St. John tells us that “God is love” (1 John 4:8), and this is also where C.S. Lewis begins his book The Four Loves. Very quickly, he is not satisfied with one word for love and so gives names to different types of loves, similar to Adam naming the animals. While in English, the single word “love” is used to describe feelings toward bagels, dogs, people, and Fridays alike, other languages offer multiple words for love.
The Greeks have four words for love, which Lewis uses in his book: eros, agape, philia, and storgé. American Sign Language has two signs for love: one for the love of actions or objects and one for the love of living beings. Tamil, the language of Sri Lanka, two states in India, and one of the official languages of Singapore, has dozens of words for love. Arabic has at least eleven. The Gaelic language, like the Greek, also has four words to distinguish between different types of love: an all-purpose word (grá); an affectionate form, such as for children (cion); romantic love (searc); and companionship (cumann).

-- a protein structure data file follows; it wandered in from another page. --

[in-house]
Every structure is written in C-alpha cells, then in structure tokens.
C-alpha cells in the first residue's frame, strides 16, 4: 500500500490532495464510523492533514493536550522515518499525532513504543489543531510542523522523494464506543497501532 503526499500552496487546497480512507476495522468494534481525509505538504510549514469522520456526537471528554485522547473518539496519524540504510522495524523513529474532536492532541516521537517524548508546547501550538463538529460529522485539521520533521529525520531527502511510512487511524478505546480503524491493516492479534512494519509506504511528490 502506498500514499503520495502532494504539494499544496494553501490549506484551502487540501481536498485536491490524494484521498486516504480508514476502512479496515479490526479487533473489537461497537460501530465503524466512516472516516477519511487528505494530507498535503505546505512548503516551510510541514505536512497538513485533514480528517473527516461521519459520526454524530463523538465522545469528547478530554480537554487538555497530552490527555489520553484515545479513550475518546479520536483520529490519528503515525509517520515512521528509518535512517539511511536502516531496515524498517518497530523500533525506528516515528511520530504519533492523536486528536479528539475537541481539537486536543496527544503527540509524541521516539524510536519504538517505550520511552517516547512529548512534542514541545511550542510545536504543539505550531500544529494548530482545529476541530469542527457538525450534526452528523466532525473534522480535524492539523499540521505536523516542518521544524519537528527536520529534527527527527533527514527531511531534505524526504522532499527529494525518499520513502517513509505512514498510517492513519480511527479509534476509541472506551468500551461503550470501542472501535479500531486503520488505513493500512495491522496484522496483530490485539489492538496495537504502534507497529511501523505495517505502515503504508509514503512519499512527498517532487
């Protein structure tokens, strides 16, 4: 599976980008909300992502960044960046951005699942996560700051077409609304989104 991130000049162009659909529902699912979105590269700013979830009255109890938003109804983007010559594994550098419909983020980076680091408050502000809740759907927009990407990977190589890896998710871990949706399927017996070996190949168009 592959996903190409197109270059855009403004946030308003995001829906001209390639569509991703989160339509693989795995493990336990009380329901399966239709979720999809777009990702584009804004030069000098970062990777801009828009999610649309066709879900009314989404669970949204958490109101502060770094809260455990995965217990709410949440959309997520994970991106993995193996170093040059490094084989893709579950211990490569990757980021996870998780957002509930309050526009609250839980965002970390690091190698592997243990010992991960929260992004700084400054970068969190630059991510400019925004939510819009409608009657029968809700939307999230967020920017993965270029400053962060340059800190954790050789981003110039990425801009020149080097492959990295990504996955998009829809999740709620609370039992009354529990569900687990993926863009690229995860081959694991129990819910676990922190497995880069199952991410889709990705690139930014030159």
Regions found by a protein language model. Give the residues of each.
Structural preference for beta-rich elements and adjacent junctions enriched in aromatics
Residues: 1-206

Even with languages that use multiple words for love, I wonder if these are adequate to describe the particularities of love. I have a specific kind of love in mind that seems especially difficult to name: the love of a teacher for her students. For me, back-to-school season conjures images of new notebooks, fresh pencils (soon to be lost, alas), nametags, and rosters of new students to know and love and with whom to learn. The moment I see their names on my list and begin practicing saying their lovely names, I love them. As I imagine who they will be and what we will discover together, I already love them. As I wait for them on the morning of the first day (or even see the early-birds who wait outside in the pre-dawn light to be let in), I am filled with a deep and true love for them.